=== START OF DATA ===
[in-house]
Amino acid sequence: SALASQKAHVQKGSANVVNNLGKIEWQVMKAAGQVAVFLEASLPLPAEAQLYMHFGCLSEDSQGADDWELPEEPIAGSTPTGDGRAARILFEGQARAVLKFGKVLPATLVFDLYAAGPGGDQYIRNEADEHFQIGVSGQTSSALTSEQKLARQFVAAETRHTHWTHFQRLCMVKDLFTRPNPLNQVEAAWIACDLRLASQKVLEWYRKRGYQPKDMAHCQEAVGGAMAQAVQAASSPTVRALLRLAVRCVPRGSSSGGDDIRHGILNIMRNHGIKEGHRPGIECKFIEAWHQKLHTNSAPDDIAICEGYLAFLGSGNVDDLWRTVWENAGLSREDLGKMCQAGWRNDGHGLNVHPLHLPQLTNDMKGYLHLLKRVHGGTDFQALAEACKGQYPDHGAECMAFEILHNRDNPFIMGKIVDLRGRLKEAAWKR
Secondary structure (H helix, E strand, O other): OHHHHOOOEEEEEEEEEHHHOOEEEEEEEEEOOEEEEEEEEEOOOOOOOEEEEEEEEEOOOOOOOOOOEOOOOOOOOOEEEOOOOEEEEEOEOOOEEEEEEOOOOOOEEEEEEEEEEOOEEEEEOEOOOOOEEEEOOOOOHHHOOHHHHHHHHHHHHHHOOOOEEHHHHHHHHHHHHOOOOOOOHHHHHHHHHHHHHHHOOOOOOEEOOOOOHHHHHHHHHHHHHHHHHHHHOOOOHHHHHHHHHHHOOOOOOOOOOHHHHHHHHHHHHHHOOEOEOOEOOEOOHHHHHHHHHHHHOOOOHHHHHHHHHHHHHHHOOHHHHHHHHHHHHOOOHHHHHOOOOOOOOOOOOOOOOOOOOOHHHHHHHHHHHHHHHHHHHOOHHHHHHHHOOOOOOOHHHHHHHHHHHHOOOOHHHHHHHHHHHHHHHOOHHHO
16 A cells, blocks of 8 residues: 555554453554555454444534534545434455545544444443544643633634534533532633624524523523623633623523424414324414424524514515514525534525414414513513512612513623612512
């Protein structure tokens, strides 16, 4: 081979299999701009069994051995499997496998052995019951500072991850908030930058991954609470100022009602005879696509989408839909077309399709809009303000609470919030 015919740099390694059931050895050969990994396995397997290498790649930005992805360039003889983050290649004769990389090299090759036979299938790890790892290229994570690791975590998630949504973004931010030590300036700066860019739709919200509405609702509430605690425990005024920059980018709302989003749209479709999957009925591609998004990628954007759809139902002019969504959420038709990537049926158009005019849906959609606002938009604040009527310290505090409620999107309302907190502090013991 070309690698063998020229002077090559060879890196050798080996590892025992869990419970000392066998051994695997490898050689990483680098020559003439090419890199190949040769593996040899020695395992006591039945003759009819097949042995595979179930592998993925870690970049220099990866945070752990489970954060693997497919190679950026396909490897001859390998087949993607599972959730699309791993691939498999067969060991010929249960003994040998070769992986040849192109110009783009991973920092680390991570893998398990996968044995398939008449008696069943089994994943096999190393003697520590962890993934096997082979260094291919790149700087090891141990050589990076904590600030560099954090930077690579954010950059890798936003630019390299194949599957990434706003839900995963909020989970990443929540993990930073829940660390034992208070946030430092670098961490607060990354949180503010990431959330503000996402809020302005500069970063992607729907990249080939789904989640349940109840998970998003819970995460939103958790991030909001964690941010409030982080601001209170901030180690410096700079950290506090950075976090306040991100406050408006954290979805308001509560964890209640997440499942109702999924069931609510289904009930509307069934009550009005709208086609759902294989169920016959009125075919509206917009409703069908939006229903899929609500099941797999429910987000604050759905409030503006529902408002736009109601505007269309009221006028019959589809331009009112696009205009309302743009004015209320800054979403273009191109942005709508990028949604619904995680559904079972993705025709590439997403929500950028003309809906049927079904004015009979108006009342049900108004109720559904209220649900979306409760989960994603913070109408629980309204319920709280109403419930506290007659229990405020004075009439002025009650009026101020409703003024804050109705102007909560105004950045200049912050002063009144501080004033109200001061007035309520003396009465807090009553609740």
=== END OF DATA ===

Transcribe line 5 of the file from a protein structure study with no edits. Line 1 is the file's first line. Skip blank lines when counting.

């Protein structure tokens, strides 16, 4: 081979299999701009069994051995499997496998052995019951500072991850908030930058991954609470100022009602005879696509989408839909077309399709809009303000609470919030 015919740099390694059931050895050969990994396995397997290498790649930005992805360039003889983050290649004769990389090299090759036979299938790890790892290229994570690791975590998630949504973004931010030590300036700066860019739709919200509405609702509430605690425990005024920059980018709302989003749209479709999957009925591609998004990628954007759809139902002019969504959420038709990537049926158009005019849906959609606002938009604040009527310290505090409620999107309302907190502090013991 070309690698063998020229002077090559060879890196050798080996590892025992869990419970000392066998051994695997490898050689990483680098020559003439090419890199190949040769593996040899020695395992006591039945003759009819097949042995595979179930592998993925870690970049220099990866945070752990489970954060693997497919190679950026396909490897001859390998087949993607599972959730699309791993691939498999067969060991010929249960003994040998070769992986040849192109110009783009991973920092680390991570893998398990996968044995398939008449008696069943089994994943096999190393003697520590962890993934096997082979260094291919790149700087090891141990050589990076904590600030560099954090930077690579954010950059890798936003630019390299194949599957990434706003839900995963909020989970990443929540993990930073829940660390034992208070946030430092670098961490607060990354949180503010990431959330503000996402809020302005500069970063992607729907990249080939789904989640349940109840998970998003819970995460939103958790991030909001964690941010409030982080601001209170901030180690410096700079950290506090950075976090306040991100406050408006954290979805308001509560964890209640997440499942109702999924069931609510289904009930509307069934009550009005709208086609759902294989169920016959009125075919509206917009409703069908939006229903899929609500099941797999429910987000604050759905409030503006529902408002736009109601505007269309009221006028019959589809331009009112696009205009309302743009004015209320800054979403273009191109942005709508990028949604619904995680559904079972993705025709590439997403929500950028003309809906049927079904004015009979108006009342049900108004109720559904209220649900979306409760989960994603913070109408629980309204319920709280109403419930506290007659229990405020004075009439002025009650009026101020409703003024804050109705102007909560105004950045200049912050002063009144501080004033109200001061007035309520003396009465807090009553609740």